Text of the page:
Horton Grand Hotel
Horton Grand Hotel
|Location||311 Island Avenue, San Diego, California|
|Architect||Comstock & Trotsche|
|Architectural style||Italianate Victorian|
|NRHP Reference #||
|Added to NRHP||June 20, 1980|
Horton Grand Hotel is a restoration of two historic hotels, the Grand Horton and the Brooklyn Kahle Saddlery, in downtown San Diego, California. The Horton-Grand was added to the National Register of Historic Places in 1980.
Built in 1887 by Comstock & Trotsche, the Grand Horton was a luxury hotel with a design based on the Innsbruck Inn in Vienna, Austria. The Grand Horton was part of a building boom following the opening of the city's first transcontinental railroad connection in 1885. It is in the Italianate Victorian architecture style.
The Brooklyn-Kahle Saddlery Hotel was a less formal hotel that combined Western/Cowboy and Victorian styles. Built around the same time as the Grand Horton, it was originally known as the Brooklyn Hotel, but was later renamed the Kahle Saddlery due to the presence of a prominent saddle and harness shop on the building's first floor starting in 1912. Wyatt Earp lived in the Brooklyn Hotel during most of the seven years he stayed in San Diego.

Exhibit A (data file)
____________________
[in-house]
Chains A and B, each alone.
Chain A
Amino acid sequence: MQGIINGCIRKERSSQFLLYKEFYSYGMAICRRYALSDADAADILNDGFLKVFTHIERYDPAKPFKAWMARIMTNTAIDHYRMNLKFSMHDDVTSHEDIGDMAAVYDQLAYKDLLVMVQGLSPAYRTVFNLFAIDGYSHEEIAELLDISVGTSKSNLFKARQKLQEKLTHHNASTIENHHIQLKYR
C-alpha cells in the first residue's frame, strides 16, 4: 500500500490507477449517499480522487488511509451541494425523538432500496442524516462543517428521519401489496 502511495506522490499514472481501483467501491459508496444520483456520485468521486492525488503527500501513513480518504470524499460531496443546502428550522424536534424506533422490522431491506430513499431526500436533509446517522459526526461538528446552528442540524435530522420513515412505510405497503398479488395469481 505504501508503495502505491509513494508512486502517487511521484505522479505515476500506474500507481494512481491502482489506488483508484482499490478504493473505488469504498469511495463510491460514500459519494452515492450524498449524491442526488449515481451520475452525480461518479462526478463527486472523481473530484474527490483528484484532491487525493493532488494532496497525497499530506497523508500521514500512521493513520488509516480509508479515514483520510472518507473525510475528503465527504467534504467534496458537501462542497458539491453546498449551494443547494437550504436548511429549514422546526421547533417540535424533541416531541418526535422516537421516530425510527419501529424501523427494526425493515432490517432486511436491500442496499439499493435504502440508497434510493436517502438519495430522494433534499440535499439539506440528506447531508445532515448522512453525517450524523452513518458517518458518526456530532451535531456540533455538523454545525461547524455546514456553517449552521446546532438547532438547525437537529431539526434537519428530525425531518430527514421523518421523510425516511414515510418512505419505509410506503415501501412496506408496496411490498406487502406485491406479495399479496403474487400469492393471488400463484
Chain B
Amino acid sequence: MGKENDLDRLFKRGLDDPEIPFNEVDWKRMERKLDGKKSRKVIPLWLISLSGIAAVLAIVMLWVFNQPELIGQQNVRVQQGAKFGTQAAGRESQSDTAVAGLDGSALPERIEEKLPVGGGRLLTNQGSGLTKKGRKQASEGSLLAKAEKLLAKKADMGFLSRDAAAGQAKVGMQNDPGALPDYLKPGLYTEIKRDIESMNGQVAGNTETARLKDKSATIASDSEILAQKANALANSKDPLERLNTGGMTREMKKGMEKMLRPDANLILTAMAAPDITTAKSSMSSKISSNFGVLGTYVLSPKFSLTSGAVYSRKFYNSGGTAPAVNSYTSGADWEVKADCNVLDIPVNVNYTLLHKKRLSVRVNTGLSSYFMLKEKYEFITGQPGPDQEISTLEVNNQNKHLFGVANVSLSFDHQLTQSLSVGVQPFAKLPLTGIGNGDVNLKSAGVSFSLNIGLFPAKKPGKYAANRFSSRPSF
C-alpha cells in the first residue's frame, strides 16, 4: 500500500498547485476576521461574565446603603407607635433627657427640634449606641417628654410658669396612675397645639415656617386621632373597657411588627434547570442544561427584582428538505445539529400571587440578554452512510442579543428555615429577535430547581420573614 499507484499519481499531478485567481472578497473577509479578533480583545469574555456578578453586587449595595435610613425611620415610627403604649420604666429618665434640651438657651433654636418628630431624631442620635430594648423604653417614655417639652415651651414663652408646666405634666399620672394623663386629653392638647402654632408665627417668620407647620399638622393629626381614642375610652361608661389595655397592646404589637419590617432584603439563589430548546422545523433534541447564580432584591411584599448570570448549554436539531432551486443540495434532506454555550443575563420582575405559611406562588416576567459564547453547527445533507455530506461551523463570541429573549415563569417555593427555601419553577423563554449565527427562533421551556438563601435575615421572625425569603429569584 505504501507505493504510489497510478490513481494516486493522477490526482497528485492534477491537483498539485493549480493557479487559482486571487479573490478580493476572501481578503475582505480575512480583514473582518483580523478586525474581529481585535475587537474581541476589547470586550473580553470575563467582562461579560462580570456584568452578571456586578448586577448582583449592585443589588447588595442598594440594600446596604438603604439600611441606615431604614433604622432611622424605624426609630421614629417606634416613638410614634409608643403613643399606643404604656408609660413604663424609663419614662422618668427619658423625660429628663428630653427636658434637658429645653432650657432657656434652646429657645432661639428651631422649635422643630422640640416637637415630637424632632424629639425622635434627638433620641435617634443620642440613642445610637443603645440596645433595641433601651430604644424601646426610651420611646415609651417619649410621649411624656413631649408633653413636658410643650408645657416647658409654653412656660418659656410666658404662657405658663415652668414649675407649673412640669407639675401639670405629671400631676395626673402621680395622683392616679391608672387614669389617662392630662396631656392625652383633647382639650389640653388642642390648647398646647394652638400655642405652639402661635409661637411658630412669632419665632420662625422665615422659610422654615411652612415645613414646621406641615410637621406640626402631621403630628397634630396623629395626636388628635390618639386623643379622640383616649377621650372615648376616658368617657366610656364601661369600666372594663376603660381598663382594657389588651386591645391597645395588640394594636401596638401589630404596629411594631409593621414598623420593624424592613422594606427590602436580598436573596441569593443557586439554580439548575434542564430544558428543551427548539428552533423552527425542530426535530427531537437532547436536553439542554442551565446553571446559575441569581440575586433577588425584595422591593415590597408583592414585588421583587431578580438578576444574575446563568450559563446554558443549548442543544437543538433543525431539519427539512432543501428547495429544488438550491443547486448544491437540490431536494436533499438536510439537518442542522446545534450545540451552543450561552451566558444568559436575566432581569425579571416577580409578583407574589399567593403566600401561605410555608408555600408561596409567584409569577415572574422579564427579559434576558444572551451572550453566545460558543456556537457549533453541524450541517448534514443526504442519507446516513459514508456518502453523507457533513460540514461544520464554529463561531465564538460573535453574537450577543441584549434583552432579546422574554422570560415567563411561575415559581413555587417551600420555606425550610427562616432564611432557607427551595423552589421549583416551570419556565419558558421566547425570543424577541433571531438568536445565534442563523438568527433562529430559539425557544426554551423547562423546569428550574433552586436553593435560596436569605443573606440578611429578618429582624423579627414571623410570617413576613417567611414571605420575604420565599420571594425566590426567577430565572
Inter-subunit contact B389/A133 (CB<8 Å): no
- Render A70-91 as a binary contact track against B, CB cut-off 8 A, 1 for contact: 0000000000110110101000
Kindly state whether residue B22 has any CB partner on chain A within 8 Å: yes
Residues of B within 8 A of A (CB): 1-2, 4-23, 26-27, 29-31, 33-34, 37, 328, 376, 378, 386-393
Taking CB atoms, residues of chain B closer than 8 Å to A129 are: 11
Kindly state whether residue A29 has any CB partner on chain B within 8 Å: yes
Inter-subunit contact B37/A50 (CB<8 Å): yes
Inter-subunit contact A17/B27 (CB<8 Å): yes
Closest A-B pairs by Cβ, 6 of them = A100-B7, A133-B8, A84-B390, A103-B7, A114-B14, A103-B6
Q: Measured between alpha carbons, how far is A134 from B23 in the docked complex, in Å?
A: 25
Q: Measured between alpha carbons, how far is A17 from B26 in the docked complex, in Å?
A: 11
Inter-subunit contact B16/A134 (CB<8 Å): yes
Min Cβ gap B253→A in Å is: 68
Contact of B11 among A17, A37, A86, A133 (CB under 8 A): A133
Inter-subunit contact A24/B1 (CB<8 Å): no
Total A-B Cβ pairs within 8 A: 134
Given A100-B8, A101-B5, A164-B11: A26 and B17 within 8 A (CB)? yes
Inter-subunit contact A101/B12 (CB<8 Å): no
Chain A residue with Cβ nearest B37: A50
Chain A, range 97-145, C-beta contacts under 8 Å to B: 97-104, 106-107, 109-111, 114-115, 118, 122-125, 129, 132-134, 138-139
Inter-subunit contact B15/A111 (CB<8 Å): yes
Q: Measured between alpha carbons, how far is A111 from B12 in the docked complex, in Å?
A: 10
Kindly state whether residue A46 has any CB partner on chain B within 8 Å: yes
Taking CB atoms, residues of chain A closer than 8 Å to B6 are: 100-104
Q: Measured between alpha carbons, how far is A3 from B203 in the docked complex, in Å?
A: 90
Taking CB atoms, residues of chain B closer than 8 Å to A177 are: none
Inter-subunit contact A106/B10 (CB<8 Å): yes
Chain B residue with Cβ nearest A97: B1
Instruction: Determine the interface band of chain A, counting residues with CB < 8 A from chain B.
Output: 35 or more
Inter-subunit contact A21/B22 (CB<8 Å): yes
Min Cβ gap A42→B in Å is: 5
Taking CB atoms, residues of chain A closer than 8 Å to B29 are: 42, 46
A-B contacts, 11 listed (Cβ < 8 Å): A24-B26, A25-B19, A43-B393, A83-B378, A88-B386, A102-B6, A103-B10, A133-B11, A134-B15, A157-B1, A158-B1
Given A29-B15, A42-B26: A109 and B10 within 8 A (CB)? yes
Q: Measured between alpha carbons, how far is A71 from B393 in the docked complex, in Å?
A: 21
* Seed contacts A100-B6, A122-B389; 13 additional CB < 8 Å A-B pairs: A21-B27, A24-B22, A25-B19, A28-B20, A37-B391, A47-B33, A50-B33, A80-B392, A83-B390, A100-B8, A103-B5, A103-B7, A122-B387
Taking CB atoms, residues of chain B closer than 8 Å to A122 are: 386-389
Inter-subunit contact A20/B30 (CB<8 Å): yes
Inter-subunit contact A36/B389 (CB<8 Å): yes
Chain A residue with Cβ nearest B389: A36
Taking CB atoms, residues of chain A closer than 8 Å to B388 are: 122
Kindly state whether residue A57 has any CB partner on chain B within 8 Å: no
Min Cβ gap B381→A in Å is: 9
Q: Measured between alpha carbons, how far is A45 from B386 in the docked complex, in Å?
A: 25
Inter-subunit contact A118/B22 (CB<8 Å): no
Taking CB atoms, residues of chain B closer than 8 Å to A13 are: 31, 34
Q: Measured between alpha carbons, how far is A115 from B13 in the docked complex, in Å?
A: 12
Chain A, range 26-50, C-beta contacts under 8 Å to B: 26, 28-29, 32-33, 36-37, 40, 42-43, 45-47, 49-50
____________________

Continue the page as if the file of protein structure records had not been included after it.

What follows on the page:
Both hotels were scheduled for demolition in the 1970s when the City of San Diego purchased them to build the Horton Plaza shopping center on the site. The hotels were dismantled brick by brick, with each brick numbered, catalogued, and stored. In 1986 the hotels were rebuilt into an entirely new hotel at the present location at Fourth Street and Island Avenue.
The Horton Grand is reputed to be haunted, including by the ghost of a man named Roger Whitaker who reportedly occupies Room 309. Several other ghosts are known to haunt the Horton Grand, including that of Ida Bailey – the one time owner of the brothel that stood on this site. 
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